It’s a source of hair-pulling anxiety for artists of all kinds: how can you hold down a day job yet commit yourself to your art? It’s undoubtedly possible, but it’s daunting enough that apprentice writers often need advice on how to do it. Herewith, six artists (including writers Catherine Lacey and Shane Jones) explain how they pull it off. Related: Cathy Day on making a living as a writer.
The standing desk, on the other hand, is less capacious and sentimental. There’s very little room to store abandoned manuscripts, rejection letters, or knickknacks. Distractions are kept to a minimum. It’s taller, sleeker, and less hospitable than its slouchier cousin. In the way that it mimics a lectern, a podium, or a drafting table, it reminds the writer that this activity requires blood, enzymes, and exertion. Here is your novel, spread out like a map or a campaign speech. Here are your poems, arranged like blueprints. Pace, stamp your feet, fold your arms, but stay upright. Stand there like it’s the prow of a ship.
"While dedicated viewers of AMC’s 1960s Mad Men might think of the protagonist, Don Draper, as representative of mid-century manhood, in many ways he is, in fact, the precursor to the knowledge worker of today. He works in the office and out, takes naps when needed, and is driven by his urge to come up with the new language and image that will propel his ad company forward. He adds value through creativity.”
Marthine Satris, “Collared or Untied: Reflections on Work in American Culture”
Eventually I reach the grandstand, and as I walk inside I am greeted by a blinding expanse of white: maybe a few hundred people milling around, greeting each other after eleven months away like it’s the first day of school, clad in white-collared shirts and toting lunch boxes and already a bit weary, as if the first race has gone off and some angry drunk is shouting that their mistakes have cost him a huge trifecta. These are my people: these are the pari-mutuel clerks.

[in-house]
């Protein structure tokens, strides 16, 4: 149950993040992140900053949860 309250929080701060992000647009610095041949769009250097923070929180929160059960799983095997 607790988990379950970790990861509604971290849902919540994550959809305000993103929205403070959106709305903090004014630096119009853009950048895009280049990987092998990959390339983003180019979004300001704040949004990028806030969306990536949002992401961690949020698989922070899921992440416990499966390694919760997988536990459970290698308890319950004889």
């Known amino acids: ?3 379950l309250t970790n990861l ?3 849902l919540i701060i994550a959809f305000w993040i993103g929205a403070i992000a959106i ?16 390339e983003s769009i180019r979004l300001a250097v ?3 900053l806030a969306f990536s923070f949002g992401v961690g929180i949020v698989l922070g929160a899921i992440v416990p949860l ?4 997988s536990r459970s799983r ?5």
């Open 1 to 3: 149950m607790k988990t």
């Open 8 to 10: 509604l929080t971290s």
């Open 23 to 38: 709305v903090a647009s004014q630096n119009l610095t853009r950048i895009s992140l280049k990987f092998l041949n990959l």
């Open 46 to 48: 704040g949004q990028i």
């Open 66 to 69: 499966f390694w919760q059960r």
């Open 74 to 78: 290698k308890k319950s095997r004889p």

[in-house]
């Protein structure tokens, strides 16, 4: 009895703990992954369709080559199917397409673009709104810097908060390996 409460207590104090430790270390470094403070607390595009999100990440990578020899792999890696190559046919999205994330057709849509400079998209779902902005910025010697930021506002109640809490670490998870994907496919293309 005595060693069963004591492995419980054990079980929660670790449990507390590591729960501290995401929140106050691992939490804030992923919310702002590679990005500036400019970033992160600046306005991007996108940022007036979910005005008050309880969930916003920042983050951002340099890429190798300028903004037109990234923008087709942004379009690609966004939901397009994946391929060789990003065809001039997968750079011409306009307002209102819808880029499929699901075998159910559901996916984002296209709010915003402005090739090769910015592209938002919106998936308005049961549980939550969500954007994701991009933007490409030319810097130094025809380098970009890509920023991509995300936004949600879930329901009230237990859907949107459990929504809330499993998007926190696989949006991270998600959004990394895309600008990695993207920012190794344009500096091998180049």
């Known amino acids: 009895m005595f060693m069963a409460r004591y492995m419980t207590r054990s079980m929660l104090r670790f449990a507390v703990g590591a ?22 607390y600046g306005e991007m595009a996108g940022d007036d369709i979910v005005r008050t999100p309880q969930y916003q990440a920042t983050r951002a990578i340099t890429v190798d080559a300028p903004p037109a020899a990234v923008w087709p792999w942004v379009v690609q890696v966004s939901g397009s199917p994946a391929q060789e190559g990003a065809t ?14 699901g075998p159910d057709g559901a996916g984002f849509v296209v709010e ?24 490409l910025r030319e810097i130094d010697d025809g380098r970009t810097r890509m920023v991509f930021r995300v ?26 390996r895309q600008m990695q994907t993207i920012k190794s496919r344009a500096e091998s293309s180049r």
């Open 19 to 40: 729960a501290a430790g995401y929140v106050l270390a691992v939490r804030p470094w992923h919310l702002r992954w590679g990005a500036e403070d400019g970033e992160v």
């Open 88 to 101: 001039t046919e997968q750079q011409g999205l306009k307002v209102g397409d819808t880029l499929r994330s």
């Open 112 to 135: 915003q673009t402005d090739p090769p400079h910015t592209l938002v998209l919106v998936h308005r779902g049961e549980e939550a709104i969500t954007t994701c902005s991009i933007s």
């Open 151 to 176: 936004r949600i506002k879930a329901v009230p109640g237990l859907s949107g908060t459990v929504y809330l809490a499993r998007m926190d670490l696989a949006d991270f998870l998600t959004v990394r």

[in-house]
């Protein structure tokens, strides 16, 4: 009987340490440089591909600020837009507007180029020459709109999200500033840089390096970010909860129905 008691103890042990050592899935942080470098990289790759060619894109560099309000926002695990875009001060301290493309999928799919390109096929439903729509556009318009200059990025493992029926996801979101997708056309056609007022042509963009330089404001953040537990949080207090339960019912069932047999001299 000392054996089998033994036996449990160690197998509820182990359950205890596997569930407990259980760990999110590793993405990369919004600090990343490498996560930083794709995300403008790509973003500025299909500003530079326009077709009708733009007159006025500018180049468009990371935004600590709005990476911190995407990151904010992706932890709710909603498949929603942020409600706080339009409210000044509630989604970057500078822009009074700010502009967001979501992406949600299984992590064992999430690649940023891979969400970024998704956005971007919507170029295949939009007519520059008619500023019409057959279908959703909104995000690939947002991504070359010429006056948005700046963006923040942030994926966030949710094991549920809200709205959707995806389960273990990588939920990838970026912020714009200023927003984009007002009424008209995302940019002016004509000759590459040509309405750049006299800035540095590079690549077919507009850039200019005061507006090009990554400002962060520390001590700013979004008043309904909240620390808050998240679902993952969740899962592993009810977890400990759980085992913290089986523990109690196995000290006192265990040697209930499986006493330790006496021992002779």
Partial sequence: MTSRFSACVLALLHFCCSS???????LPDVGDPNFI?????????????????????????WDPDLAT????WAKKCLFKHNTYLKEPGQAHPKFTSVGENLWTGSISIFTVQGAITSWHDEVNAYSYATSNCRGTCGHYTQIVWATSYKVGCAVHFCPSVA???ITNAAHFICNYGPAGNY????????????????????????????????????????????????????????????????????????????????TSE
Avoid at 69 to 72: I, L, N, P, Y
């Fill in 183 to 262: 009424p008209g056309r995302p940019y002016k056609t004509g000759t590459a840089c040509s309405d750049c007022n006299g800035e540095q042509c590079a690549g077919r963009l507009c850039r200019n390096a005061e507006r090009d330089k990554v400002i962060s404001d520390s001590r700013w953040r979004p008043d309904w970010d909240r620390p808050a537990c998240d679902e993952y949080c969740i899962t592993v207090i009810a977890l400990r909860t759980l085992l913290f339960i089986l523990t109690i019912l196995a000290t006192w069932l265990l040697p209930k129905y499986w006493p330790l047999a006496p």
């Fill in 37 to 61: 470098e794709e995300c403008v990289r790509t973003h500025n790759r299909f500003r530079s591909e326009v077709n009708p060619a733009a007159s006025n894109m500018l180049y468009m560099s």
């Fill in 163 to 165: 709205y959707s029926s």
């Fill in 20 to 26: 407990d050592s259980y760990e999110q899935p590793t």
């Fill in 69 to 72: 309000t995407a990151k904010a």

I’ve been writing every day for the past 40 years or so, sometimes getting paid to do it and sometimes not, and through all those years I’ve assumed I will keep doing it until my wits leave me or I die. In other words, I’m a long-time disciple of the gospel according to Reynolds Price, a believer that writers are people who are both blessed and cursed by the compulsion to distill their experience of the world into words on a page. But Roth’s startling announcement caused me to begin rethinking this assumption. Why shouldn’t writers be free to stop writing when they they’ve lost their appetite for the grind, or when they feel they’ve lost their edge, or when they’ve said everything they care to say?
Where do you write? Where do you work? Where do you update your Tumblr? The spaces in which we create can ultimately take on enhanced significance; we are, in a sense, where we’re from — and, beyond that, our words, in a sense, are what they are because of where they originate. In Let the Great World Spin, Colum McCann writes of leaving one’s hometown: “We bring home with us when we leave. Sometimes it becomes more acute for the fact of having left.” But couldn’t that be said of desks, or workspaces as well?
We’ve asked a handful of our regular site contributors to show us their creative lairs, and now we’re asking you to share yours with us as well. Tag your photos on Twitter with the hashtag #writespace, or feel free to share them on Tumblr with the same designation. We’ll post our favorites in the coming days.